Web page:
The President of the European Council, Donald Tusk, is set to meet with the President of Kazakhstan, Nursultan Nazarbayev on Wednesday, 30 March 2016. The meeting comes at an important time in the EU-Kazakhstan relations, just a few months after the signing of the Enhanced Partnership and Cooperation Agreement. At the same time, international NGOs and human rights organisations have all been increasingly criticising Kazakhstan for its continuous clampdown on political opposition, confirmed in the recent snap parliamentary elections that saw no genuine opposition to the President’s ruling Nur Otan party. Regardless of the EPCA’s clear provisions on democracy and human rights, which include calls for increased respect for freedom of speech and political expression, Kazakhstan has actually stepped-up its repressive actions against critical voices in the country and abroad.
Donald Tusk should use the occasion of the meeting not only to exchange political pleasantries but also to address the sensitive and uncomfortable issues in the EU – Kazakhstan relations, including the continuous incarceration of the opposition leader Vladimir Kozlov and the general atmosphere of repression, said Lyudmyla Kozlovska, President of the Open Dialogue Foundation.
Vladimir Kozlov, one of the key opposition figures in Kazakhstan, leader of the now banned opposition movement Alga!, has been in jail serving his 7,5 years prison term, following a mock trial, widely criticised for numerous procedural irregularities. International community has been calling for his release, including the European Parliament in its numerous resolutions, most recently the urgent resolution on the freedom of expression in Kazakhstan, adopted during the March plenary session in Strasbourg.
The recent months have also shown increased repressive activity against independent media. A number of journalists and bloggers were detained end of last year, including the editor of the Nakanune.kz web portal, Gyuzyal Bayadalinova, accused of “spreading false information” and Bolatbek Blyalov, Head of the Institute for Democracy and Human Rights, convicted in January 2016 of “inciting social and national hatred”, because of his open criticism towards Russian actions in Ukraine.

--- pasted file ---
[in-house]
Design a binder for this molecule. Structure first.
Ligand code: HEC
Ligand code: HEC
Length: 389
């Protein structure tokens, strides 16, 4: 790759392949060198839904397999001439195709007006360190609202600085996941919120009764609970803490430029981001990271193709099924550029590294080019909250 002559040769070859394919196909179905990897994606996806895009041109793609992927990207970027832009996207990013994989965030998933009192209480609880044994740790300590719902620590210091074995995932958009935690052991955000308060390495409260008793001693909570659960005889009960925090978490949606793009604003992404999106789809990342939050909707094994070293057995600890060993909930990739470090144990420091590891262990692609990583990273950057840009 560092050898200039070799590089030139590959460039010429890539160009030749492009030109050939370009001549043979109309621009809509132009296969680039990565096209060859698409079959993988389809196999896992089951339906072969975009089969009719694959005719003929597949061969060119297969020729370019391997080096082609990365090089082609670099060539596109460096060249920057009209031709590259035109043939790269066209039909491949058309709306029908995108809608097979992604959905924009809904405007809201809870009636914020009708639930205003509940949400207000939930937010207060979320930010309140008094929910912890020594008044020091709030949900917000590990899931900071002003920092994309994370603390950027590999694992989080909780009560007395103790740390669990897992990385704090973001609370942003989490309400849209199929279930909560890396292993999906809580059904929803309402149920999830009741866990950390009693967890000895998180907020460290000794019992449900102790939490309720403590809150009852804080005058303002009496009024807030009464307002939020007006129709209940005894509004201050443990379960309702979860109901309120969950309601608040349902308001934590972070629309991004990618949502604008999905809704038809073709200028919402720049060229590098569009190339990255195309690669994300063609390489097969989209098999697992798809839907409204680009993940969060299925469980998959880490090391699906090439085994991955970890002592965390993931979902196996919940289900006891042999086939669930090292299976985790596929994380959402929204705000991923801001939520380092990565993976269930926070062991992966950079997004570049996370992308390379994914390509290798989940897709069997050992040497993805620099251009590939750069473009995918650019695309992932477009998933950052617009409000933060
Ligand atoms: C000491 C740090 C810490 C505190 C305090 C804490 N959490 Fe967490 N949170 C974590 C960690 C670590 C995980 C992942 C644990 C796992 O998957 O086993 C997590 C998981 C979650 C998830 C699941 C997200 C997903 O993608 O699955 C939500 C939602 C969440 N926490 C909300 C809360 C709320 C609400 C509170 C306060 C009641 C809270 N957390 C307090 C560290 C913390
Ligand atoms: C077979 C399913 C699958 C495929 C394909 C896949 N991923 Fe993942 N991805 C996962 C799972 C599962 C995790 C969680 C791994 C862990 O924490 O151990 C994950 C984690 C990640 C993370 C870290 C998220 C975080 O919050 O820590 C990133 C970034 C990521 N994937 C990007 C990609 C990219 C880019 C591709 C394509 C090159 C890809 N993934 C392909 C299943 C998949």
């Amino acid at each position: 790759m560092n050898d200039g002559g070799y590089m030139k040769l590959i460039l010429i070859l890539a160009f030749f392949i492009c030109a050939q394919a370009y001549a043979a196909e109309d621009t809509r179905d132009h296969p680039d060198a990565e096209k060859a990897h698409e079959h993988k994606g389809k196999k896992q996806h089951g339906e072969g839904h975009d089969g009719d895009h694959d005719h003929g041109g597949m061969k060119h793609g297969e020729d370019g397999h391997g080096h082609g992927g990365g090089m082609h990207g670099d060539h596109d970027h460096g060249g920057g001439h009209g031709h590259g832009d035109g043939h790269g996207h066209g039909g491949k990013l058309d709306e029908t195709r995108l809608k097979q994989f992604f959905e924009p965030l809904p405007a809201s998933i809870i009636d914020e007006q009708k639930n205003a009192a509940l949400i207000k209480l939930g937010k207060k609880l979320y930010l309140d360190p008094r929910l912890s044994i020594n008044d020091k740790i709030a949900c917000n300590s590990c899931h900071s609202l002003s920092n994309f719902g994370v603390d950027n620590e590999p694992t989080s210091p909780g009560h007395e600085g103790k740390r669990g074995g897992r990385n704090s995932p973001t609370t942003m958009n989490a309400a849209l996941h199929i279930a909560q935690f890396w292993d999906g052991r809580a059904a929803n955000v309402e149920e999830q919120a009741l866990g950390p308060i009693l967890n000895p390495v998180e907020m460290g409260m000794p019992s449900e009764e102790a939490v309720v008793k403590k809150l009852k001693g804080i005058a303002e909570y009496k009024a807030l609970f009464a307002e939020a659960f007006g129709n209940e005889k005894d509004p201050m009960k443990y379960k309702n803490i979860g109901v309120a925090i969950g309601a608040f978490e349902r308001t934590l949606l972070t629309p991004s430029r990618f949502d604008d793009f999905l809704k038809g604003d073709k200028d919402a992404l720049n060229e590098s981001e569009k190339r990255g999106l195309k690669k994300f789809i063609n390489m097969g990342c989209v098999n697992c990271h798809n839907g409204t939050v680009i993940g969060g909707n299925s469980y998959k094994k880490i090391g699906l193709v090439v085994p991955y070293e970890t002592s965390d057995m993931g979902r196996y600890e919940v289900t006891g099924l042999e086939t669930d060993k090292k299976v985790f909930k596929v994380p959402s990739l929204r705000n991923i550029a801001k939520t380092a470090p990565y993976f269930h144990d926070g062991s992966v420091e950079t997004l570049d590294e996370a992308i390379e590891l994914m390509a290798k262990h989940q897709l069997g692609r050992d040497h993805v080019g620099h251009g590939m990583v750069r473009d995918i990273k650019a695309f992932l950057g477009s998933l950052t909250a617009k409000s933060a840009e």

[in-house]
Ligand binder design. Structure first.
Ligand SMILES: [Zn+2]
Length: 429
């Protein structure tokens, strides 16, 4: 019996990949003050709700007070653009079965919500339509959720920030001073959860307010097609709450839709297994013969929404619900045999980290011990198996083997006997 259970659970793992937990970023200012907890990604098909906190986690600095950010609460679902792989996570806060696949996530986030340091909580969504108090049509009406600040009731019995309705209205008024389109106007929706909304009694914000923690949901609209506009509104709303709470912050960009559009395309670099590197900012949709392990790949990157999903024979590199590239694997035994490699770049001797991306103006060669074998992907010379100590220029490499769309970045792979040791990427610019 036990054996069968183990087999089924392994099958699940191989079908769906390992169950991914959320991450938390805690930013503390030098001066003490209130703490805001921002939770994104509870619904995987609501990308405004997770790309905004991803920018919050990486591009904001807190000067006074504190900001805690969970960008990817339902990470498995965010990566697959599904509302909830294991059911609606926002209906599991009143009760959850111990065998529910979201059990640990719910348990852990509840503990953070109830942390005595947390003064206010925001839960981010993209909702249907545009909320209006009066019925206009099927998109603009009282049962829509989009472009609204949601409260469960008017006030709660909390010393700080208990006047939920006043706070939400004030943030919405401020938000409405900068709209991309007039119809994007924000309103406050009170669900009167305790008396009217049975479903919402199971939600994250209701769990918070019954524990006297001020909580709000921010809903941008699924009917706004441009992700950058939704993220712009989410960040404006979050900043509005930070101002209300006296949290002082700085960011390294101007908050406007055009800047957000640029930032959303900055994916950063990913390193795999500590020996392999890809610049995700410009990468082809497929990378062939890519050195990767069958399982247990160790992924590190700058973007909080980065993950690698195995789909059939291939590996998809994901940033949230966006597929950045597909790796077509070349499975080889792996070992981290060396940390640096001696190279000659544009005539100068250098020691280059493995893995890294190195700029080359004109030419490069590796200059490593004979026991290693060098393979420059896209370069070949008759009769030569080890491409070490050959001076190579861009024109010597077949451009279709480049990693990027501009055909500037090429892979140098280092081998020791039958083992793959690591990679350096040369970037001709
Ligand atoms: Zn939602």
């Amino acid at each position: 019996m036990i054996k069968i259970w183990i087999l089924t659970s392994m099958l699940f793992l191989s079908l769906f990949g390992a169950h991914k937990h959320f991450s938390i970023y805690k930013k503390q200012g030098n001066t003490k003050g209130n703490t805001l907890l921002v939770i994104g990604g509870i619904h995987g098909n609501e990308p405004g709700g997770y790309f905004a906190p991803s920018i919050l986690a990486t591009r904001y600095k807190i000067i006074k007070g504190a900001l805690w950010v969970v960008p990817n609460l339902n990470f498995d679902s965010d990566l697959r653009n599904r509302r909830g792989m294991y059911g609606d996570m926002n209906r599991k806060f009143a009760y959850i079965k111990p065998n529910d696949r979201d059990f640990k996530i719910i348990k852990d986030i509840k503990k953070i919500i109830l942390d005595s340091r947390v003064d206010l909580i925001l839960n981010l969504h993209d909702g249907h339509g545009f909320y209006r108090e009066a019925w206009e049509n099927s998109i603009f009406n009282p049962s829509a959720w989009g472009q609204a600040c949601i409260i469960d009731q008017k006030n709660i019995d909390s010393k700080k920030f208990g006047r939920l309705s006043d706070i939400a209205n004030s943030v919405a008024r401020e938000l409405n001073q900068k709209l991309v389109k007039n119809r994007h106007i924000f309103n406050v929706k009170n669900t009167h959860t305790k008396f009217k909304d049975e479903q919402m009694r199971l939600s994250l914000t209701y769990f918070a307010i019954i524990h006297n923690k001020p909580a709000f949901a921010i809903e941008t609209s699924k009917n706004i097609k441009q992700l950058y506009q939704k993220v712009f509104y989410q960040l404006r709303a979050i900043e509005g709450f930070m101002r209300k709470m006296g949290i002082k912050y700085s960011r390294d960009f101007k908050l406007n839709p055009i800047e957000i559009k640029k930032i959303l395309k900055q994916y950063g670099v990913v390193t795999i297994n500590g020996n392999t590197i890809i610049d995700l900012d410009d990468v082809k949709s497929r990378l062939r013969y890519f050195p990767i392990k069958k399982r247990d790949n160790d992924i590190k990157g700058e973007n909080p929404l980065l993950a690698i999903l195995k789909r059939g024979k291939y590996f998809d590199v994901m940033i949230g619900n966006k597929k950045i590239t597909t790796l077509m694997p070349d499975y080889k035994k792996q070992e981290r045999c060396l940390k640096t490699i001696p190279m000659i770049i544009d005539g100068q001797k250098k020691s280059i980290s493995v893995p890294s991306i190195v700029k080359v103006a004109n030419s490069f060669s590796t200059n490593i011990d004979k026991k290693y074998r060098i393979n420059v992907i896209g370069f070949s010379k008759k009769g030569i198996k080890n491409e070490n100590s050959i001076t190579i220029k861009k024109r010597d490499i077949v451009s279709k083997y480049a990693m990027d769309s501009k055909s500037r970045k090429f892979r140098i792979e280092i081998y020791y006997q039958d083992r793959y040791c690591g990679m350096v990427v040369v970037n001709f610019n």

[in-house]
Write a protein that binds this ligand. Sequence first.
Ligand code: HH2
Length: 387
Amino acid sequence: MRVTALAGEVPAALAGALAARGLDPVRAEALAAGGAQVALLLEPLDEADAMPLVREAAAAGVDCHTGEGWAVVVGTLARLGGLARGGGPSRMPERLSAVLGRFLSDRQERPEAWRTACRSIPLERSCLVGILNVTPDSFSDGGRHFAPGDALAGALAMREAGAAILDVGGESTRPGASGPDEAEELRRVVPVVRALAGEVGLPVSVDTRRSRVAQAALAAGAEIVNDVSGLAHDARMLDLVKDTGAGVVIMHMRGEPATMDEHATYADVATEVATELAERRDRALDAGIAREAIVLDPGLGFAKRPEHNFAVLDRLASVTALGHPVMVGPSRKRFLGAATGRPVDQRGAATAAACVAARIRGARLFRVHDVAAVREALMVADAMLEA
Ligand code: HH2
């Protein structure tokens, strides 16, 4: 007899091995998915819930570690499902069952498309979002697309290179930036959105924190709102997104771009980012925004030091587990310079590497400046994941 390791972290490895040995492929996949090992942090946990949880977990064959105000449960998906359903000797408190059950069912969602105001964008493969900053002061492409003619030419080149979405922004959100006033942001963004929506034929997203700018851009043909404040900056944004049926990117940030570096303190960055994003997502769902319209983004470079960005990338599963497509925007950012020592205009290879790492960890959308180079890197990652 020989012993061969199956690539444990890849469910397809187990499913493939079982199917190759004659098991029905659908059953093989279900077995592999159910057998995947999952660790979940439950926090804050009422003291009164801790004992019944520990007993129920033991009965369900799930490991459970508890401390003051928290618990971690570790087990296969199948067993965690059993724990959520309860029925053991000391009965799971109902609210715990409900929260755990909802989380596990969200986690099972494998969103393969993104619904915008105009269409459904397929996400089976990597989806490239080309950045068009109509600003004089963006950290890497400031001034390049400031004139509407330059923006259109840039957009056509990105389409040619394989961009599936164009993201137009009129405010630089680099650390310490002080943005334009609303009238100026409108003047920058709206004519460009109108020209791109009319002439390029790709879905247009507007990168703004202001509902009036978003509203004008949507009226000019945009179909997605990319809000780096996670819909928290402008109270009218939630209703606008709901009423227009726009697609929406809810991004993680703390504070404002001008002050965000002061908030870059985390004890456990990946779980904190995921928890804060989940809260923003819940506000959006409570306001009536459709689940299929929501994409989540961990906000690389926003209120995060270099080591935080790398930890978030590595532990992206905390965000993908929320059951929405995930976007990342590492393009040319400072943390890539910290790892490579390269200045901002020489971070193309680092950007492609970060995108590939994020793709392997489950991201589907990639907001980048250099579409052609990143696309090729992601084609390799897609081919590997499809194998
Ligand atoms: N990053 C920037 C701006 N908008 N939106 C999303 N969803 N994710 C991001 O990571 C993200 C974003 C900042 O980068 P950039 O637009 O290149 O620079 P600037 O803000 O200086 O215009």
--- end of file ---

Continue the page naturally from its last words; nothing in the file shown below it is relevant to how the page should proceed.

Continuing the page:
It is deplorable that while the High Representative, Federica Mogherini, was in Astana to sign the EPCA, which should also lead to the improvement in the area of human rights respect and democratisation, the Kazakh authorities were actually detaining journalists and bloggers, oppressing the very fundaments of democracy, the freedom of expression, reiterated Anna Koj, Head of the EU Office of the Open Dialogue Foundation.
While the human rights situation in Kazakhstan has been deteriorating, the regime of President Nazarbayev has also been chasing Kazakh critical voices living abroad. In a series of lawsuits brought in the US against the opposition media, Respublika, banned in the country and forced to operate from abroad, Kazakhstan has been trying to abuse the US anti-fraud legislation (CFFA) to silence its critics. The procedures are still on-going. Furthermore, in what now has become a long international battle, Kazakhstan has been misusing the Interpol system, often via corrupt proxies from Russia or Ukraine, to chase opposition figure, Mukhtar Ablyazov, his family members and former associates that reside in the EU. As would appear from information made public in a leak scandal that saw hundreds of private correspondence of high-level Kazakh officials and politicians disclosed, the Kazakh authorities have been spending enormous amounts of money on these cases, intervening – often illegally – in the legal proceedings and extradition cases, corrupting investigators in Russia and Ukraine and trying to pressure representatives of the justice systems in a number of EU Member States.
We call on the European Council President, Donald Tusk, to address these issues in his talks with the Kazakh President. Kazakhstan should ensure full respect for democratic standards and human rights if it wants closer cooperation with the European Union. Political prisoners should be unconditionally released and media, journalists and bloggers, as well as all citizens should be able conduct their professional activities even if it includes expressing criticism towards the actions and policies of the authorities.
For more information, please contact:
Lyudmyla Kozlovska, President of the Open Dialogue Foundation
Anna Koj, Head of the EU Office of the Open Dialogue Foundation